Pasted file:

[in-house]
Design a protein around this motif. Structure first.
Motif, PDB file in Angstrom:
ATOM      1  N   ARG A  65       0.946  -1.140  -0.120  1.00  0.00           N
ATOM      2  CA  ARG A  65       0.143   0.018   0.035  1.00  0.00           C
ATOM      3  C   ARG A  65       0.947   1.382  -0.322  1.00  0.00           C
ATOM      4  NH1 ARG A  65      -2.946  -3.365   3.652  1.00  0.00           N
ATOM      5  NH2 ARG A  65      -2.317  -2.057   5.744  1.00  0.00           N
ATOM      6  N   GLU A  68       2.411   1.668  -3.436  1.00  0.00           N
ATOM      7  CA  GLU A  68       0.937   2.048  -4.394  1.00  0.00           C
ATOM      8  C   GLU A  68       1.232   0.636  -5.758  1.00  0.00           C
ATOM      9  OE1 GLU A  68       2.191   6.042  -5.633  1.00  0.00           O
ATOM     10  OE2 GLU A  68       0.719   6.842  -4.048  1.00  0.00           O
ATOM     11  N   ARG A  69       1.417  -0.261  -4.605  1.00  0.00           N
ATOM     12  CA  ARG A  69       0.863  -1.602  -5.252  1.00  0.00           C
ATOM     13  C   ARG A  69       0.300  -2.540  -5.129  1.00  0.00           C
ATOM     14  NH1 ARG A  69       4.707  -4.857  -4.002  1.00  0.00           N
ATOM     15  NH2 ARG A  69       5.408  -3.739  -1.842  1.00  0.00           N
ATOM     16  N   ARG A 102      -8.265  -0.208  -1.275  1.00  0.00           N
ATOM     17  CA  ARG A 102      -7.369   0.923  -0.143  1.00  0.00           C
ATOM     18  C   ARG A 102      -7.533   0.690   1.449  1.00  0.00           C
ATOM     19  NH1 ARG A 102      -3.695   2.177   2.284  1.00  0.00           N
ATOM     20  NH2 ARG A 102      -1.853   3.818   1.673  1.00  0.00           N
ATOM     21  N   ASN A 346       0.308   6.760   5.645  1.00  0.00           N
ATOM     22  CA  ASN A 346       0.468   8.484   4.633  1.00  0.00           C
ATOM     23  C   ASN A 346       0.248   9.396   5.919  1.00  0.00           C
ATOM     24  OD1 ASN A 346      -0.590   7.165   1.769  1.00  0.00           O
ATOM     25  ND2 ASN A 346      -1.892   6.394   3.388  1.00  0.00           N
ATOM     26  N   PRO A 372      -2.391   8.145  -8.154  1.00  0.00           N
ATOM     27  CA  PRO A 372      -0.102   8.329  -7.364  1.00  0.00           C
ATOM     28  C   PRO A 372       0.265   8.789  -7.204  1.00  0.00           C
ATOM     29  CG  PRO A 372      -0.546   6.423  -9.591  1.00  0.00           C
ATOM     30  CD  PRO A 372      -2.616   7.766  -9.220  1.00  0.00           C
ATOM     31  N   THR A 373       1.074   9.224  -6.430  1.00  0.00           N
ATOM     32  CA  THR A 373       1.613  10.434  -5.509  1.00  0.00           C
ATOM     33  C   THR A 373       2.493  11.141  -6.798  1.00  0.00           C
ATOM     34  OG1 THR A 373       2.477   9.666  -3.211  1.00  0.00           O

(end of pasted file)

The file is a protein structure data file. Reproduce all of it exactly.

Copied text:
[in-house]
Design a protein around this motif. Structure first.
Motif, PDB file in Angstrom:
ATOM      1  N   ARG A  65       0.946  -1.140  -0.120  1.00  0.00           N
ATOM      2  CA  ARG A  65       0.143   0.018   0.035  1.00  0.00           C
ATOM      3  C   ARG A  65       0.947   1.382  -0.322  1.00  0.00           C
ATOM      4  NH1 ARG A  65      -2.946  -3.365   3.652  1.00  0.00           N
ATOM      5  NH2 ARG A  65      -2.317  -2.057   5.744  1.00  0.00           N
ATOM      6  N   GLU A  68       2.411   1.668  -3.436  1.00  0.00           N
ATOM      7  CA  GLU A  68       0.937   2.048  -4.394  1.00  0.00           C
ATOM      8  C   GLU A  68       1.232   0.636  -5.758  1.00  0.00           C
ATOM      9  OE1 GLU A  68       2.191   6.042  -5.633  1.00  0.00           O
ATOM     10  OE2 GLU A  68       0.719   6.842  -4.048  1.00  0.00           O
ATOM     11  N   ARG A  69       1.417  -0.261  -4.605  1.00  0.00           N
ATOM     12  CA  ARG A  69       0.863  -1.602  -5.252  1.00  0.00           C
ATOM     13  C   ARG A  69       0.300  -2.540  -5.129  1.00  0.00           C
ATOM     14  NH1 ARG A  69       4.707  -4.857  -4.002  1.00  0.00           N
ATOM     15  NH2 ARG A  69       5.408  -3.739  -1.842  1.00  0.00           N
ATOM     16  N   ARG A 102      -8.265  -0.208  -1.275  1.00  0.00           N
ATOM     17  CA  ARG A 102      -7.369   0.923  -0.143  1.00  0.00           C
ATOM     18  C   ARG A 102      -7.533   0.690   1.449  1.00  0.00           C
ATOM     19  NH1 ARG A 102      -3.695   2.177   2.284  1.00  0.00           N
ATOM     20  NH2 ARG A 102      -1.853   3.818   1.673  1.00  0.00           N
ATOM     21  N   ASN A 346       0.308   6.760   5.645  1.00  0.00           N
ATOM     22  CA  ASN A 346       0.468   8.484   4.633  1.00  0.00           C
ATOM     23  C   ASN A 346       0.248   9.396   5.919  1.00  0.00           C
ATOM     24  OD1 ASN A 346      -0.590   7.165   1.769  1.00  0.00           O
ATOM     25  ND2 ASN A 346      -1.892   6.394   3.388  1.00  0.00           N
ATOM     26  N   PRO A 372      -2.391   8.145  -8.154  1.00  0.00           N
ATOM     27  CA  PRO A 372      -0.102   8.329  -7.364  1.00  0.00           C
ATOM     28  C   PRO A 372       0.265   8.789  -7.204  1.00  0.00           C
ATOM     29  CG  PRO A 372      -0.546   6.423  -9.591  1.00  0.00           C
ATOM     30  CD  PRO A 372      -2.616   7.766  -9.220  1.00  0.00           C
ATOM     31  N   THR A 373       1.074   9.224  -6.430  1.00  0.00           N
ATOM     32  CA  THR A 373       1.613  10.434  -5.509  1.00  0.00           C
ATOM     33  C   THR A 373       2.493  11.141  -6.798  1.00  0.00           C
ATOM     34  OG1 THR A 373       2.477   9.666  -3.211  1.00  0.00           O